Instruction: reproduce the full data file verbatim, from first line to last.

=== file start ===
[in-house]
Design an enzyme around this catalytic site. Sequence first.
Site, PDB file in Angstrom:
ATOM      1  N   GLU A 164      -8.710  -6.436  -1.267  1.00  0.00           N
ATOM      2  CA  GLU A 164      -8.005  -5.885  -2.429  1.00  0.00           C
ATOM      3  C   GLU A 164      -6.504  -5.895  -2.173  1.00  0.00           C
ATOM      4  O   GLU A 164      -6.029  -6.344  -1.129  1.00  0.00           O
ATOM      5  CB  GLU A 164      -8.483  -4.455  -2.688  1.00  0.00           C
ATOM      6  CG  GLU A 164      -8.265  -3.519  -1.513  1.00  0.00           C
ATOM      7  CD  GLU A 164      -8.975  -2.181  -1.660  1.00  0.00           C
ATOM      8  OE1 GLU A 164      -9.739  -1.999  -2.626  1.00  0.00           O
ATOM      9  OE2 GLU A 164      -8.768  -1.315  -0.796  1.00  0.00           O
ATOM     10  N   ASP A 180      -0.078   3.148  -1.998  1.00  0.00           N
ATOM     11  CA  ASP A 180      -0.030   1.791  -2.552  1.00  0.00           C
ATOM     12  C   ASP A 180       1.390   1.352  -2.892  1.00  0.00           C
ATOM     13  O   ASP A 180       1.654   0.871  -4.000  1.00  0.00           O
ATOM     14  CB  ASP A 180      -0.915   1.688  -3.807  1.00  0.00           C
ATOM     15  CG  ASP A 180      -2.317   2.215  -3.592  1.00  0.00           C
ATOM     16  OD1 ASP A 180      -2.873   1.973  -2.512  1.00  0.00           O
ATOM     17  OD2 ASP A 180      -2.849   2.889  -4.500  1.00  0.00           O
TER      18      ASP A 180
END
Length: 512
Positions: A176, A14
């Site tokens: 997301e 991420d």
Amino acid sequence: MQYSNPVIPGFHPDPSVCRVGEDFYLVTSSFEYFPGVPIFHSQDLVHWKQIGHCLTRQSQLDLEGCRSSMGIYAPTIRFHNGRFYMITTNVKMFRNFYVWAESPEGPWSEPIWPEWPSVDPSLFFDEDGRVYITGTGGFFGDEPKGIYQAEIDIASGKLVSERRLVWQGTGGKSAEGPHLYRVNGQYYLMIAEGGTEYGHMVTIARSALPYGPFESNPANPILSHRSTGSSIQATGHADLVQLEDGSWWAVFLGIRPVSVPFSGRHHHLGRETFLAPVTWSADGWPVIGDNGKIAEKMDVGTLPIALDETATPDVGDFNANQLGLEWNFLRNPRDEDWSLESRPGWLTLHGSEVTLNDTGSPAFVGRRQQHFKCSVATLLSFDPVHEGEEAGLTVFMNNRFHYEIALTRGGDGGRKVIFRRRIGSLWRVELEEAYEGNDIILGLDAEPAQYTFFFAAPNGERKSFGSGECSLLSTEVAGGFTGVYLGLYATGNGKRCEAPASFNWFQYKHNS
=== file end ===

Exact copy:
[in-house]
Design an enzyme around this catalytic site. Sequence first.
Site, PDB file in Angstrom:
ATOM      1  N   GLU A 164      -8.710  -6.436  -1.267  1.00  0.00           N
ATOM      2  CA  GLU A 164      -8.005  -5.885  -2.429  1.00  0.00           C
ATOM      3  C   GLU A 164      -6.504  -5.895  -2.173  1.00  0.00           C
ATOM      4  O   GLU A 164      -6.029  -6.344  -1.129  1.00  0.00           O
ATOM      5  CB  GLU A 164      -8.483  -4.455  -2.688  1.00  0.00           C
ATOM      6  CG  GLU A 164      -8.265  -3.519  -1.513  1.00  0.00           C
ATOM      7  CD  GLU A 164      -8.975  -2.181  -1.660  1.00  0.00           C
ATOM      8  OE1 GLU A 164      -9.739  -1.999  -2.626  1.00  0.00           O
ATOM      9  OE2 GLU A 164      -8.768  -1.315  -0.796  1.00  0.00           O
ATOM     10  N   ASP A 180      -0.078   3.148  -1.998  1.00  0.00           N
ATOM     11  CA  ASP A 180      -0.030   1.791  -2.552  1.00  0.00           C
ATOM     12  C   ASP A 180       1.390   1.352  -2.892  1.00  0.00           C
ATOM     13  O   ASP A 180       1.654   0.871  -4.000  1.00  0.00           O
ATOM     14  CB  ASP A 180      -0.915   1.688  -3.807  1.00  0.00           C
ATOM     15  CG  ASP A 180      -2.317   2.215  -3.592  1.00  0.00           C
ATOM     16  OD1 ASP A 180      -2.873   1.973  -2.512  1.00  0.00           O
ATOM     17  OD2 ASP A 180      -2.849   2.889  -4.500  1.00  0.00           O
TER      18      ASP A 180
END
Length: 512
Positions: A176, A14
């Site tokens: 997301e 991420d």
Amino acid sequence: MQYSNPVIPGFHPDPSVCRVGEDFYLVTSSFEYFPGVPIFHSQDLVHWKQIGHCLTRQSQLDLEGCRSSMGIYAPTIRFHNGRFYMITTNVKMFRNFYVWAESPEGPWSEPIWPEWPSVDPSLFFDEDGRVYITGTGGFFGDEPKGIYQAEIDIASGKLVSERRLVWQGTGGKSAEGPHLYRVNGQYYLMIAEGGTEYGHMVTIARSALPYGPFESNPANPILSHRSTGSSIQATGHADLVQLEDGSWWAVFLGIRPVSVPFSGRHHHLGRETFLAPVTWSADGWPVIGDNGKIAEKMDVGTLPIALDETATPDVGDFNANQLGLEWNFLRNPRDEDWSLESRPGWLTLHGSEVTLNDTGSPAFVGRRQQHFKCSVATLLSFDPVHEGEEAGLTVFMNNRFHYEIALTRGGDGGRKVIFRRRIGSLWRVELEEAYEGNDIILGLDAEPAQYTFFFAAPNGERKSFGSGECSLLSTEVAGGFTGVYLGLYATGNGKRCEAPASFNWFQYKHNS